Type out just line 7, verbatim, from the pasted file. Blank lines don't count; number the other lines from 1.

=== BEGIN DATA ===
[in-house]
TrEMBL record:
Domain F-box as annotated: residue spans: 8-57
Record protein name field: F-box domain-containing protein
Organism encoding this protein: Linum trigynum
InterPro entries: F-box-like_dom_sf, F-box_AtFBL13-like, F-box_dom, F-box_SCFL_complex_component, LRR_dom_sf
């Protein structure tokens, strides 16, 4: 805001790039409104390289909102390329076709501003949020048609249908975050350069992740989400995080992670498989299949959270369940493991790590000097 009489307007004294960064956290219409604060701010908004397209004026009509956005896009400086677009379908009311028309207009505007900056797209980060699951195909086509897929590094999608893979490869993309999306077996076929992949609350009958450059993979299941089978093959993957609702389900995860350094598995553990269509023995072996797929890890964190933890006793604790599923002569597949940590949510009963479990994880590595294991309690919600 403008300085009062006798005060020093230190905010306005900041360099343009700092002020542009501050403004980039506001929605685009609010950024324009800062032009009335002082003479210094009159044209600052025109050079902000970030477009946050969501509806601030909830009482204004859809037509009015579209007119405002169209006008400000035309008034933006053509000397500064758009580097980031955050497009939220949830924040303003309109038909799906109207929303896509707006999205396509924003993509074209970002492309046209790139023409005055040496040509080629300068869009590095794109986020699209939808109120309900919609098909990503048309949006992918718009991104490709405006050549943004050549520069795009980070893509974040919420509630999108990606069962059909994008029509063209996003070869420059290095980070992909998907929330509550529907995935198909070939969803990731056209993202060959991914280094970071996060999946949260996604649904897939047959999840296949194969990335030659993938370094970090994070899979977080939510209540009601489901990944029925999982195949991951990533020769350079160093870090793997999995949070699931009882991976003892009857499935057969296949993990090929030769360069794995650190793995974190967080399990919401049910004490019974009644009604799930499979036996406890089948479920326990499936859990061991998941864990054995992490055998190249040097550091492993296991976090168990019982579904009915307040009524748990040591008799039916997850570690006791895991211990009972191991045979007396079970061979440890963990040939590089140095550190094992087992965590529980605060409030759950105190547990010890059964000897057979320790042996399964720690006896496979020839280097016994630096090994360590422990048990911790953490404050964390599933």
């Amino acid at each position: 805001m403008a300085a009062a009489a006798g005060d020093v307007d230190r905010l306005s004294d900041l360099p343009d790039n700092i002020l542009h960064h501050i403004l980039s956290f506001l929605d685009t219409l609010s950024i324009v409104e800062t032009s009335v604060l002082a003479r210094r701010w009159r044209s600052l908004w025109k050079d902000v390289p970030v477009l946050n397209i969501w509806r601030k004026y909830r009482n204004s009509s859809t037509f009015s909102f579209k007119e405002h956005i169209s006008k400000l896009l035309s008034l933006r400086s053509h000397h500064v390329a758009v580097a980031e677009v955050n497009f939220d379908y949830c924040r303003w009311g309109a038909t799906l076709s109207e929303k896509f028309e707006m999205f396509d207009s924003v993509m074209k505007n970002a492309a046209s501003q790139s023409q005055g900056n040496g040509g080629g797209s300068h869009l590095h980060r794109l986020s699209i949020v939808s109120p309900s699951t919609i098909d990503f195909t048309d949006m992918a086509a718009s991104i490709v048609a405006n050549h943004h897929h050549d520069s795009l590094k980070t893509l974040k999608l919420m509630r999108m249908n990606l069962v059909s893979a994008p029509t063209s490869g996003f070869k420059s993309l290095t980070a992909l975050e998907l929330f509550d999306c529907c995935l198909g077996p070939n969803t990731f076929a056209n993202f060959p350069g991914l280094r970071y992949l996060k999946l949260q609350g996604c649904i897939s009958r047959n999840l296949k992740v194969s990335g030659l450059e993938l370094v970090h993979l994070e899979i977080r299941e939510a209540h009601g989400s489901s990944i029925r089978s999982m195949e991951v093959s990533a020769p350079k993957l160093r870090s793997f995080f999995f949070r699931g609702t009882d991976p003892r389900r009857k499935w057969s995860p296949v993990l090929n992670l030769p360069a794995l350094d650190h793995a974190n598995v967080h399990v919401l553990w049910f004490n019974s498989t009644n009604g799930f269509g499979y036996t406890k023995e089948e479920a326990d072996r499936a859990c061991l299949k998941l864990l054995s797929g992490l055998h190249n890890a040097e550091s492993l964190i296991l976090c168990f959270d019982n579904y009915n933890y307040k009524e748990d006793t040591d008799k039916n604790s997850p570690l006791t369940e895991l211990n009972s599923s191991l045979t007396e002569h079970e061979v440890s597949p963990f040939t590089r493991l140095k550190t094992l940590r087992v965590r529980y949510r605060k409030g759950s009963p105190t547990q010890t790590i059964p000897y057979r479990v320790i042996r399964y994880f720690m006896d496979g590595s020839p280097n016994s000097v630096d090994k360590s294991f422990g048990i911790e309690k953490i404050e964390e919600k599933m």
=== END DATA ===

């Protein structure tokens, strides 16, 4: 805001790039409104390289909102390329076709501003949020048609249908975050350069992740989400995080992670498989299949959270369940493991790590000097 009489307007004294960064956290219409604060701010908004397209004026009509956005896009400086677009379908009311028309207009505007900056797209980060699951195909086509897929590094999608893979490869993309999306077996076929992949609350009958450059993979299941089978093959993957609702389900995860350094598995553990269509023995072996797929890890964190933890006793604790599923002569597949940590949510009963479990994880590595294991309690919600 403008300085009062006798005060020093230190905010306005900041360099343009700092002020542009501050403004980039506001929605685009609010950024324009800062032009009335002082003479210094009159044209600052025109050079902000970030477009946050969501509806601030909830009482204004859809037509009015579209007119405002169209006008400000035309008034933006053509000397500064758009580097980031955050497009939220949830924040303003309109038909799906109207929303896509707006999205396509924003993509074209970002492309046209790139023409005055040496040509080629300068869009590095794109986020699209939808109120309900919609098909990503048309949006992918718009991104490709405006050549943004050549520069795009980070893509974040919420509630999108990606069962059909994008029509063209996003070869420059290095980070992909998907929330509550529907995935198909070939969803990731056209993202060959991914280094970071996060999946949260996604649904897939047959999840296949194969990335030659993938370094970090994070899979977080939510209540009601489901990944029925999982195949991951990533020769350079160093870090793997999995949070699931009882991976003892009857499935057969296949993990090929030769360069794995650190793995974190967080399990919401049910004490019974009644009604799930499979036996406890089948479920326990499936859990061991998941864990054995992490055998190249040097550091492993296991976090168990019982579904009915307040009524748990040591008799039916997850570690006791895991211990009972191991045979007396079970061979440890963990040939590089140095550190094992087992965590529980605060409030759950105190547990010890059964000897057979320790042996399964720690006896496979020839280097016994630096090994360590422990048990911790953490404050964390599933």